by Katy Kelly; Gillian Johnson Print book : Elementary and junior high school : Fiction  |  1st ed
Vegetables can be hazardous to your sense of smell   (2012-08-16)
The best-laid plans oft go awry, and so do the impromptu ones. No one knows this better than Adam Melon and his best friend Sam. When Adam's mom invites the new girl in school, Pip, over for dinner, disaster is waiting around the corner. Or in this case, inside the duct-work. Adam's mom has resolved to provide healthier meals this year, and thanks to a new Vegalicious cookbook promising recipes kids will love, she is on a creative roll. The kids are awed by the work that has gone into her masterpieces...and horrified at the prospect of eating the bizarre concoctions. Their efforts to spare her feelings have unforeseen consequences when combined with the heat and humidity of September in Washington, D.C., though, and Adam and Sam learn some valuable lessons about honesty (and mold).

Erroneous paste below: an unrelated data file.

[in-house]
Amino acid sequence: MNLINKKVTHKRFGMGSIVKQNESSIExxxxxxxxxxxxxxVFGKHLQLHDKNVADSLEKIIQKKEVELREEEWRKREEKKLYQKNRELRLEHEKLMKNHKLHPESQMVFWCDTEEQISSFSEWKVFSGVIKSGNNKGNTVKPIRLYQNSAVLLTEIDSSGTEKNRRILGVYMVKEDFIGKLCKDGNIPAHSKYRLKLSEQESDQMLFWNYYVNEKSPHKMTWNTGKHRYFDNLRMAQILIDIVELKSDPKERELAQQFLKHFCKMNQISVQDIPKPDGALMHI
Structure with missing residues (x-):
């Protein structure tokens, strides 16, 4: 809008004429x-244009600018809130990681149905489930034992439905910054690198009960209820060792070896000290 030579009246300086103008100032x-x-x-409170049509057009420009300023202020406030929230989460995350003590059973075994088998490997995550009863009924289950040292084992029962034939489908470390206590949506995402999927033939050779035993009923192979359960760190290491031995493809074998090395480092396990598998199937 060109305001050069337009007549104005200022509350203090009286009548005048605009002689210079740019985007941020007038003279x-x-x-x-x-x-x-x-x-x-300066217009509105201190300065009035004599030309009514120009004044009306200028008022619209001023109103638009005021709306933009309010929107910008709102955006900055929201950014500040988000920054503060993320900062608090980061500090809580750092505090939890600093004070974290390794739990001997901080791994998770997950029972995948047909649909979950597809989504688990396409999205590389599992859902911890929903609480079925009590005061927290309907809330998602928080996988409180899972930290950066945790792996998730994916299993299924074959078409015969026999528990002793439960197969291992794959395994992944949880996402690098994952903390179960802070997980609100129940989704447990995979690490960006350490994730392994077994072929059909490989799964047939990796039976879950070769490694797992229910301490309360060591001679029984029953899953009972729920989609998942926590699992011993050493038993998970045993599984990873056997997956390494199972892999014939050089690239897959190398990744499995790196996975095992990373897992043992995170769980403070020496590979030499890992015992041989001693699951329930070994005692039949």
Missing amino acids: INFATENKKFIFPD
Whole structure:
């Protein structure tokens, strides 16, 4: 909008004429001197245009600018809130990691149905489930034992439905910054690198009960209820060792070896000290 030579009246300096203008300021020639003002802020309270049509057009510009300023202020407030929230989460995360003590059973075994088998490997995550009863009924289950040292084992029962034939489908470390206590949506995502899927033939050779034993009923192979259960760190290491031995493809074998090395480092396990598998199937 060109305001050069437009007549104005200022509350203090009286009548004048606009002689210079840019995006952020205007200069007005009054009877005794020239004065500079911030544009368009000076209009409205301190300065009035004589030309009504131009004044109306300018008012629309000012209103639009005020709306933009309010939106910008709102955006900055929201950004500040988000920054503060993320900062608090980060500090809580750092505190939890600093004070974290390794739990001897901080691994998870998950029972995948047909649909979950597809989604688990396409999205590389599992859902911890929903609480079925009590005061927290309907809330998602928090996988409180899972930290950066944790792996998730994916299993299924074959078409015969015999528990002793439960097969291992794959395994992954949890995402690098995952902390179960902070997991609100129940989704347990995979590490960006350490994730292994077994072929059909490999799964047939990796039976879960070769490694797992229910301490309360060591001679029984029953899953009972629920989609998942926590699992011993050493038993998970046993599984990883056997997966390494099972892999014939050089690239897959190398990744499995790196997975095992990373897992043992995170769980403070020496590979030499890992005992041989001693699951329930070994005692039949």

I started off thinking this book was silly and cute; I never expected to be laughing out loud by the end. Adam's antics put a grin on my face primarily because he was so earnest and full of "boy logic." Katy Kelly must have (or have had) boys in her household. She does a great job capturing the thought processes of ten-year-old males--or at least it seems so to me, seeing as how I have never actually been a boy myself but do have one in my home every other weekend.
I also appreciated that this story was so positive: all characters meant well and respected each other. This held true across all generations, genders, ethnicities, religions, and physical abilities. I loved the subplot wherein Pip worked to get the teacher to treat her the same as she did all the other students instead of focusing on Pip's wheelchair and cutting her too much slack.
My one quibble was that I can't imagine any parents allowing two ten-year-old boys to visit the Washington Monument and the Air and Space Museum by themselves. Maybe if they were in their mid to late teens, but definitely not fifth graders. It's just a bad idea on so many levels!
For readers' advisors: story and character doorways. Girls will probably like reading this story, but it's targeted toward upper grade elementary school boys. Plus there are a few jokes in there aimed at adults, which makes it a good choice to read with your kids.
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